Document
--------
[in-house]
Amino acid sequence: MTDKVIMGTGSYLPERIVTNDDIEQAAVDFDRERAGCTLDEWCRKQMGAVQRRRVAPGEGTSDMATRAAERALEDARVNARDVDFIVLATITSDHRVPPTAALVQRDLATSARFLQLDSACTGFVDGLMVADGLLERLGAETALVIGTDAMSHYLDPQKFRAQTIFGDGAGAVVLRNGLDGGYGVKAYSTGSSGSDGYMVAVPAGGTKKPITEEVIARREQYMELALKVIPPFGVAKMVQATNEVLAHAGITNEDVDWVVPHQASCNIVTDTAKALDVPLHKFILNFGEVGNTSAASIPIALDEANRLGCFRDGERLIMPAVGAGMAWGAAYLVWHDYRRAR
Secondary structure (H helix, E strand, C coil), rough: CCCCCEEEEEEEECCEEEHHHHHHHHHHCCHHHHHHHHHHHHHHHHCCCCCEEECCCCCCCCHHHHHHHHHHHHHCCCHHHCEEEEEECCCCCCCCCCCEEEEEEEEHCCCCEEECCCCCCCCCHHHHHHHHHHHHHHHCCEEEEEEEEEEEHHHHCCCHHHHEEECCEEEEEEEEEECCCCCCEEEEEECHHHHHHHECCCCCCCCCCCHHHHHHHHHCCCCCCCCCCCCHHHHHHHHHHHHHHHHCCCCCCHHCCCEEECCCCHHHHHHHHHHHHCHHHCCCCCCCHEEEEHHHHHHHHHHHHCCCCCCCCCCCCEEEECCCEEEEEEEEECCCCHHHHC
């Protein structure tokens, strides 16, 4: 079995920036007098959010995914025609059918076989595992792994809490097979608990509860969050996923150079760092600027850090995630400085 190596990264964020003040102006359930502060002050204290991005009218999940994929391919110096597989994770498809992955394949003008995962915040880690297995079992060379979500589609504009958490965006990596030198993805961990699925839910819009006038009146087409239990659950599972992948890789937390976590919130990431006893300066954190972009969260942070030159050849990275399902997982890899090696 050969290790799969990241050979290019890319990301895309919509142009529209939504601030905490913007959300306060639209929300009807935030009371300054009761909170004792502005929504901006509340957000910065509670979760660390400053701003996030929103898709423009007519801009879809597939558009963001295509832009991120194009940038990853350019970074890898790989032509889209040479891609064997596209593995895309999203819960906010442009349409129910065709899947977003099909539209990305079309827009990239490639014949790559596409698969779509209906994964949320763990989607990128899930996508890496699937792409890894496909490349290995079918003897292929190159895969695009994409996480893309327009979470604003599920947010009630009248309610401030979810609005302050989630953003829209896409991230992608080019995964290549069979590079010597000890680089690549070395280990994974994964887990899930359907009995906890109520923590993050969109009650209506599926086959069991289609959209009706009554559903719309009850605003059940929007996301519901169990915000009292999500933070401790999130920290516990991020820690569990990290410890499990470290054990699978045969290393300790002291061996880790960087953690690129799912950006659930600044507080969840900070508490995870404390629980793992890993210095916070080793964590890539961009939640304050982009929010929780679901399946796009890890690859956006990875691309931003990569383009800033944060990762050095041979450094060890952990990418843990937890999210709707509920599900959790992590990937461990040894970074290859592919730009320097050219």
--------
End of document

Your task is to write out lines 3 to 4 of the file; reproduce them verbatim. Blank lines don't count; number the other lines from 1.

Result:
Secondary structure (H helix, E strand, C coil), rough: CCCCCEEEEEEEECCEEEHHHHHHHHHHCCHHHHHHHHHHHHHHHHCCCCCEEECCCCCCCCHHHHHHHHHHHHHCCCHHHCEEEEEECCCCCCCCCCCEEEEEEEEHCCCCEEECCCCCCCCCHHHHHHHHHHHHHHHCCEEEEEEEEEEEHHHHCCCHHHHEEECCEEEEEEEEEECCCCCCEEEEEECHHHHHHHECCCCCCCCCCCHHHHHHHHHCCCCCCCCCCCCHHHHHHHHHHHHHHHHCCCCCCHHCCCEEECCCCHHHHHHHHHHHHCHHHCCCCCCCHEEEEHHHHHHHHHHHHCCCCCCCCCCCCEEEECCCEEEEEEEEECCCCHHHHC
């Protein structure tokens, strides 16, 4: 079995920036007098959010995914025609059918076989595992792994809490097979608990509860969050996923150079760092600027850090995630400085 190596990264964020003040102006359930502060002050204290991005009218999940994929391919110096597989994770498809992955394949003008995962915040880690297995079992060379979500589609504009958490965006990596030198993805961990699925839910819009006038009146087409239990659950599972992948890789937390976590919130990431006893300066954190972009969260942070030159050849990275399902997982890899090696 050969290790799969990241050979290019890319990301895309919509142009529209939504601030905490913007959300306060639209929300009807935030009371300054009761909170004792502005929504901006509340957000910065509670979760660390400053701003996030929103898709423009007519801009879809597939558009963001295509832009991120194009940038990853350019970074890898790989032509889209040479891609064997596209593995895309999203819960906010442009349409129910065709899947977003099909539209990305079309827009990239490639014949790559596409698969779509209906994964949320763990989607990128899930996508890496699937792409890894496909490349290995079918003897292929190159895969695009994409996480893309327009979470604003599920947010009630009248309610401030979810609005302050989630953003829209896409991230992608080019995964290549069979590079010597000890680089690549070395280990994974994964887990899930359907009995906890109520923590993050969109009650209506599926086959069991289609959209009706009554559903719309009850605003059940929007996301519901169990915000009292999500933070401790999130920290516990991020820690569990990290410890499990470290054990699978045969290393300790002291061996880790960087953690690129799912950006659930600044507080969840900070508490995870404390629980793992890993210095916070080793964590890539961009939640304050982009929010929780679901399946796009890890690859956006990875691309931003990569383009800033944060990762050095041979450094060890952990990418843990937890999210709707509920599900959790992590990937461990040894970074290859592919730009320097050219």